PHOENIX -- Legislators are free to ignore a voter mandate to boost education funding each year to account for inflation, an attorney for the state told the Arizona Supreme Court on Tuesday.
Kathleen Sweeney, an assistant attorney general, conceded that voters did approve the inflation adjustment in 2000. And she also did not dispute that the Arizona Constitution prohibits legislators from repealing or altering voter-approved laws.
But Sweeney, seeking to allow the Legislature to disregard the 2000 law, told the justices the voters had no constitutional right to enact the funding mandate in the first place.
That brought a somewhat surprised reaction from Chief Justice Rebecca Berch. She pointed out that it was the Legislature that put the inflation adjustment provision on the ballot in the first place.
"They got the voters to vote on their bad language,' she said. "And now they're trying to disavow their bad language.'
Sweeney did not exactly contest the question of whether lawmakers essentially had pulled a fast one on voters, getting them to approve a law that had no legal standing.
"Perhaps, your honor,' she replied to Berch.
And Sweeney gave essentially the same response to a query by Justice John Pelander who asked if she was arguing that the 2000 vote was "a fruitless, useless act.'
The fight most immediately affects whether lawmakers are required to annually adjust education funding.
That 2000 ballot measure boosted the state's 5 percent sales tax by six-tenths of a cent. It also requires the Legislature to increase funding for schools by 2 percent or the change in the gross domestic price deflator, whichever is less.
Lawmakers did that until the 2010 when, facing a budget deficit, they reinterpreted what the law requires. The result is that, since then, schools have lost anywhere from $189 million to $240 million, depending on whose figures are used.
Don Peters, representing several school districts, filed suit.
Legislators did add $82 million in inflation funding for the new fiscal year that began July 1 after the state Court of Appeals sided with challengers. But they are hoping the Supreme Court concludes that mandate is legally unenforceable.
The outcome of this fight has larger implications -- and not only for future education funding. It also could set the precedent for what voters have the right to tell the Legislature to do.
Sweeney argued that there are limits, despite the constitutional right of voters to approve their own laws, and despite the Voter Protection Act that shields these laws from legislative tinkering.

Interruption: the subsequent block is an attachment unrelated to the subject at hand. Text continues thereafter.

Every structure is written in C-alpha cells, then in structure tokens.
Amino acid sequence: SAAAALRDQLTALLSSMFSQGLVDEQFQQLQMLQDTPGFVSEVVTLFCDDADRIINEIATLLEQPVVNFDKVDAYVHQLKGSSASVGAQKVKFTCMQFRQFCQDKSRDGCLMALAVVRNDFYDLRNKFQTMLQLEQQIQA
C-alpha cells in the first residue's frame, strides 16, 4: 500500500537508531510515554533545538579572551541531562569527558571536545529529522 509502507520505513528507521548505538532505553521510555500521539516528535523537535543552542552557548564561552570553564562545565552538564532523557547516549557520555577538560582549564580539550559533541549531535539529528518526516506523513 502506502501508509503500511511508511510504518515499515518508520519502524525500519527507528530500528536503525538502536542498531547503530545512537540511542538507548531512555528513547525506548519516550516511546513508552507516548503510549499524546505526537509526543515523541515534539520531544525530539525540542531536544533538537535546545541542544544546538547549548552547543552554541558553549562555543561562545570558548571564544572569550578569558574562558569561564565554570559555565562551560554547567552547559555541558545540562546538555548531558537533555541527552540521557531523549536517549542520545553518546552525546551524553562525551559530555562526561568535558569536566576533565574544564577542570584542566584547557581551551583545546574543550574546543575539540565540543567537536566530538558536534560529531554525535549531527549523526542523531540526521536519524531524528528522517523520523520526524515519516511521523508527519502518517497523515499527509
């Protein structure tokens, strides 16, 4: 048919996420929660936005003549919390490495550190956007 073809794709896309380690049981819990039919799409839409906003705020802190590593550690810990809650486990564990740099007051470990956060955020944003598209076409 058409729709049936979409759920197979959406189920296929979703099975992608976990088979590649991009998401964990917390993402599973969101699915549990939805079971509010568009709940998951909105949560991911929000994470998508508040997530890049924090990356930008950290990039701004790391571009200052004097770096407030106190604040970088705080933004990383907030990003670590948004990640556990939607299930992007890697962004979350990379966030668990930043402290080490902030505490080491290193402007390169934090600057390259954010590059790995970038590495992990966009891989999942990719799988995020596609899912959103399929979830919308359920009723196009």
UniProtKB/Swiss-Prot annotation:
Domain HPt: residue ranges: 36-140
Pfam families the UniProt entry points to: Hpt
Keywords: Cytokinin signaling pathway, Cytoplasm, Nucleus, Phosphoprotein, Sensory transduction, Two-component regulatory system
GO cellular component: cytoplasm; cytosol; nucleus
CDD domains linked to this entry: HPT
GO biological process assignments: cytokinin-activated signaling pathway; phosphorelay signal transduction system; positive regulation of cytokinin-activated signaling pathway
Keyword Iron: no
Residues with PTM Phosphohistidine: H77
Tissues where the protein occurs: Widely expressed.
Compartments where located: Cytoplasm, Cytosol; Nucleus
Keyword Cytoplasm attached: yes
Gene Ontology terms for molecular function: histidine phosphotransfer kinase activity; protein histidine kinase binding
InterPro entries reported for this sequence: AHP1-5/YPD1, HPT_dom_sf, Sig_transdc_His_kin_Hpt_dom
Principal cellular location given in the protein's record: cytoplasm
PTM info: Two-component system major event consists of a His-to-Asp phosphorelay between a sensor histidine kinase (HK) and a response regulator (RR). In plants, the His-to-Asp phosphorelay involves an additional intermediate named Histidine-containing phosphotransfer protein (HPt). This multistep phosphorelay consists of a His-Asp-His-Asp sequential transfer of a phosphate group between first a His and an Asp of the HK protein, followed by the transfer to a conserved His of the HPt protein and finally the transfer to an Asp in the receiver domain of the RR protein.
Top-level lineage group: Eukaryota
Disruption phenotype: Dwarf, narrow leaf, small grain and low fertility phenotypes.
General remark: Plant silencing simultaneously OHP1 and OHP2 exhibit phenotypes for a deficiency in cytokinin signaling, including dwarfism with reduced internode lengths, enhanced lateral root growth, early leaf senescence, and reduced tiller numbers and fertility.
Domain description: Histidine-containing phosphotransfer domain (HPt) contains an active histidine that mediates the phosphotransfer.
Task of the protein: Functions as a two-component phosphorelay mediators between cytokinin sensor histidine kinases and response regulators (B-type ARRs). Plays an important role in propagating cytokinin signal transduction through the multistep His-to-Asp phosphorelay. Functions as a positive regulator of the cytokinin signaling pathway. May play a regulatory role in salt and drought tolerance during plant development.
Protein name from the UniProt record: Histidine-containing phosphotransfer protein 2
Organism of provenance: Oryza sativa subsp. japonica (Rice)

She said the 2000 measure sets the formula for increasing state aid -- and then tells the Legislature to find the money from somewhere. Sweeney argued that infringes on the constitutional right of lawmakers to decide funding priorities.
Justice Scott Bales pointed out that the inflation formula is a statute. He said while it was enacted by voters, it should have the same legal status as a law approved by legislators themselves.
"Do you think the Legislature can simply ignore statutes providing that it shall do certain things?' he asked.
"Yes,' Sweeney responded.
"The statute that requires inflation adjustments is the law,' he told the justices. "The Legislature has to obey the law like all the rest of us.'
And Peters said the constitutional Voter Protection Act precludes the Legislature from altering that law without first asking voter permission.
"Therefore, it must do what the statute required unless the people change it,' he said.
Pelander questioned whether there are limits on what voters can tell the Legislature to do. Peters responded that the Arizona Constitution gives voters broad powers to make their own laws as long as those measures do not "offend' other state or federal constitutional provisions.
"So they can do pretty much anything they want to,' Peters told the justices. "And that includes giving instructions to the Legislature.'
Peters acknowledged the Supreme Court has previously said a law approved by one Legislature cannot bind future lawmakers.
But he argued that, as far as voter-approved laws, all that changed in 1998 with enactment of the Voter Protection Act.
"That balance of power is different,' Peters said.
The justices gave no indication when they will rule.
Peters acknowledged after Tuesday's hearing that he could win his legal argument and still have a problem.
The high court could rule that lawmakers cannot ignore the 2000 law. But the justices have consistently refused to actually order the Legislature to find the additional dollars to fully fund the formula.
That could result in a situation where schools get the higher per-student funding as the formula requires, at least until the cash appropriated by the Legislature runs out. But Peters said he doubts lawmakers are willing to endure the wrath of voters if schools need to shut their doors before the end of the school year.